When it comes to HR tech in general, in today’s climate I recommend a platform strategy. Think about your current platform or tech stack and how it meets your needs. Do you have the right platform in place? Is that company innovating to keep up with industry changes? Make sure you have a trusted tech partner that meets your current needs while incorporating modern capabilities (like AI) in smart and secure ways.

Cautions when using AI

Though I strongly recommend embracing AI technology, I would be remiss not to emphasize the importance of understanding exactly what data you’re giving these tools access to. 

For example, a limited data point (such as the salary range for an open position) is generally fine—it’s going to be posted online for all to see anyway. But private information about individual employees should always be behind a firewall, and whatever is accessing that data needs to be an internal model, with no external access points.

Consider all potential risks when using AI-enabled tools. You most likely want to minimize any risks when it comes to your payroll system, benefits, or core HR system of record. You must always think through the worst-case scenario—like your system going down completely. 

When working with AI and automation, always bring it back to the business case. What business value are you getting, what are the risks, and is it worth the investment?

3. Build a skills-based organization

Consider this: with the current rate of innovation, technical skills have a lifespan of about two and a half years. That means that, at best, many of the skills you’re using today could be irrelevant in ten years or less. To keep up with this rapid change, there’s a growing movement toward building skills-based organizations (SBOs). 

As Michael Griffiths, lead for Deloitte’s Learning Consulting practice, recently shared on Deloitte’s Capital H podcast, “Our business environment is changing so rapidly, and the skills needed to compete look so different than they did even five to seven years ago. Many of our people processes that HR as a profession has institutionalized for decades were built for a different, slower, much more stable environment. They weren’t built for the speed and agility that our businesses require from us today.”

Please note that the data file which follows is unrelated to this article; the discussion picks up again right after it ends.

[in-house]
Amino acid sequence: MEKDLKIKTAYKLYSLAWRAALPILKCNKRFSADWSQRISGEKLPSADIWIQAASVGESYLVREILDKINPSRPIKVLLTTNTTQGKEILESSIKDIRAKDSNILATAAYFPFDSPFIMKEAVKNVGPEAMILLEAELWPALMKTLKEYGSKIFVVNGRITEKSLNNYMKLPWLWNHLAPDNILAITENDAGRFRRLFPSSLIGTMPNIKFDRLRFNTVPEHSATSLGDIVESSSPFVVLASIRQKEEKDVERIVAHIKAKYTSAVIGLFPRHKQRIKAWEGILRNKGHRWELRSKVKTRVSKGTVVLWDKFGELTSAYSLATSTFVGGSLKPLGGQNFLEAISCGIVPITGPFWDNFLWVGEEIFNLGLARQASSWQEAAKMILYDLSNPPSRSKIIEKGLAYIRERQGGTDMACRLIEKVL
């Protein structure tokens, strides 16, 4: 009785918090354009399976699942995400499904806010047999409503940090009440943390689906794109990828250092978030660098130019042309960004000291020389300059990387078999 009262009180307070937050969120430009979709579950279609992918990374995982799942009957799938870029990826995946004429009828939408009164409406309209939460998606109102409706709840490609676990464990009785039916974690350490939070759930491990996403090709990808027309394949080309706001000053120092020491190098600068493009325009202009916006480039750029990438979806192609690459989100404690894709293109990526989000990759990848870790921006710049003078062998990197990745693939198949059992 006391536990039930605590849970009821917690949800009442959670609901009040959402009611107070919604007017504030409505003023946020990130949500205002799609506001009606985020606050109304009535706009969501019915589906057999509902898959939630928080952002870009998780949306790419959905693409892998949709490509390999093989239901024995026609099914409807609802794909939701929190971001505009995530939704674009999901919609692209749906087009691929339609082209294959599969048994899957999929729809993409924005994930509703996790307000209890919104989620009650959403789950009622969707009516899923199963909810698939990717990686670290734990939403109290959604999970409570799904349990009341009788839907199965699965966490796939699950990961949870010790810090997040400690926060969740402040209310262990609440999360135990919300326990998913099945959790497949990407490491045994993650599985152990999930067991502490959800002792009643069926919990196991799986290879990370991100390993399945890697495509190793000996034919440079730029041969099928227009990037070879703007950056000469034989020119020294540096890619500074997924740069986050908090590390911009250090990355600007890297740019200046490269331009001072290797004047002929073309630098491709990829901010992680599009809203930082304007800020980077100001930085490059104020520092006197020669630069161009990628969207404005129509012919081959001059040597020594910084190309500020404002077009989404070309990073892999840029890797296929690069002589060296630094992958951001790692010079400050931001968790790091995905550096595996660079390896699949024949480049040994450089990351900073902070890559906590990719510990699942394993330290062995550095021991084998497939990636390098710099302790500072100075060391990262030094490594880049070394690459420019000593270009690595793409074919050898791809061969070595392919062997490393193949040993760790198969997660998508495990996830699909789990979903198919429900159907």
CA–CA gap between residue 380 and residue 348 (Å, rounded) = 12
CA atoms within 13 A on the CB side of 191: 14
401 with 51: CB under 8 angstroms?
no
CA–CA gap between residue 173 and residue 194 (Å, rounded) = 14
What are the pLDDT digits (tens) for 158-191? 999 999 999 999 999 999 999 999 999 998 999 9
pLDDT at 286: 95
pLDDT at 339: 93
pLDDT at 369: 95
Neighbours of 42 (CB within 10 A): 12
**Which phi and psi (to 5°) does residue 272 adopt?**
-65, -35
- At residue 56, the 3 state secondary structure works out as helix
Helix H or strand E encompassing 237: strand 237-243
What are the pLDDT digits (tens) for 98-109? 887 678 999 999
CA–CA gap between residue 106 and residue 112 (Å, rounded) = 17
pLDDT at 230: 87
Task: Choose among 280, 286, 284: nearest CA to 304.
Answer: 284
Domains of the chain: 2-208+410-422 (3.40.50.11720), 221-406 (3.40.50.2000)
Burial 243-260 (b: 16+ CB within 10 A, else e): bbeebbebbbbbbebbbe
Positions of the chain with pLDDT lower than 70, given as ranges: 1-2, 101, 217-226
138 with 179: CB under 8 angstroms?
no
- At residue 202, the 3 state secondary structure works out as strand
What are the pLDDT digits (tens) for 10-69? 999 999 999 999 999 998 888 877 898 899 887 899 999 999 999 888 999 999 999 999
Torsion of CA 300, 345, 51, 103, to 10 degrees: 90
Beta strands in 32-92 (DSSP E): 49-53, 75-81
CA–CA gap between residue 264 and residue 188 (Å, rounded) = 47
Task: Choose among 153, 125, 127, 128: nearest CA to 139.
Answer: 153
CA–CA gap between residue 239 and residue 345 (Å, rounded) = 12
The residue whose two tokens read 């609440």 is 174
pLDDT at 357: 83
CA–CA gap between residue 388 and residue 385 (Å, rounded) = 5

What we’re seeing with the SBO movement is a focus on delivering a skills-based approach to recruiting, internal career pathing, retention, change management, and more. This operating model—powered by modern technology—will truly allow HR organizations to do more with less while making work more meaningful for employees.

In practice, think about how skills influence your hiring decisions. What skills are needed for a specific role today? How are these skills relevant to where you see the business going? What is the candidate’s capacity to learn and grow this skill set? Thinking this way opens you up to a more diverse pool of candidates and allows you to realistically forecast career paths that align with the future of the organization. 

4. Use data to show HR’s business value

For well over 20 years, I’ve been teaching HR leaders how to build effective business cases. When you’re asked to deliver more value with fewer resources, having data to back you up is essential to getting the resources and support you need to make it happen. 

Think about what your business is trying to achieve, the current mindset of your leadership team, and how you align your HR strategy with those goals. Demonstrating how your programs aim to impact key outcomes—like employee performance, engagement, retention, and manager effectiveness—is critical to getting the trust and support of your company leaders.

Maybe you have an executive or department head who really understands culture and engagement. Get their input and rally them to your cause! Other leaders will need to see the ROI and want to have more data-driven conversations. Know your audience. If you make the wrong argument to the wrong leader, it can fall on deaf ears. Build a strong case with both quantitative and qualitative data.

Once you have a couple of wins under your belt, you can adjust your approach. It typically becomes easier to get support from leadership when you’ve built up your credibility with a track record of success.

Get the full conversation on the HR Superstars podcast

Tune into 15Five’s HR Superstars podcast to hear from other strategic people leaders and industry experts who are making meaningful impacts in their organizations and shaping the future of work. 

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About the Author

George LaRocque is a leading work tech analyst and advisor and founder of WorkTech. He reports on innovation in HR technology and is a founding partner of Impact WorkTech Accelerator. George has launched market-leading B2B work tech brands to profitability, funding, or both, and he speaks frequently on trends impacting work, HR and work tech. He also speaks to the vendor community about taking their technology to market. In his 30+ years of general management, marketing, sales, and sales management experience, he has built companies that provide cloud-based software via Software as a Service model.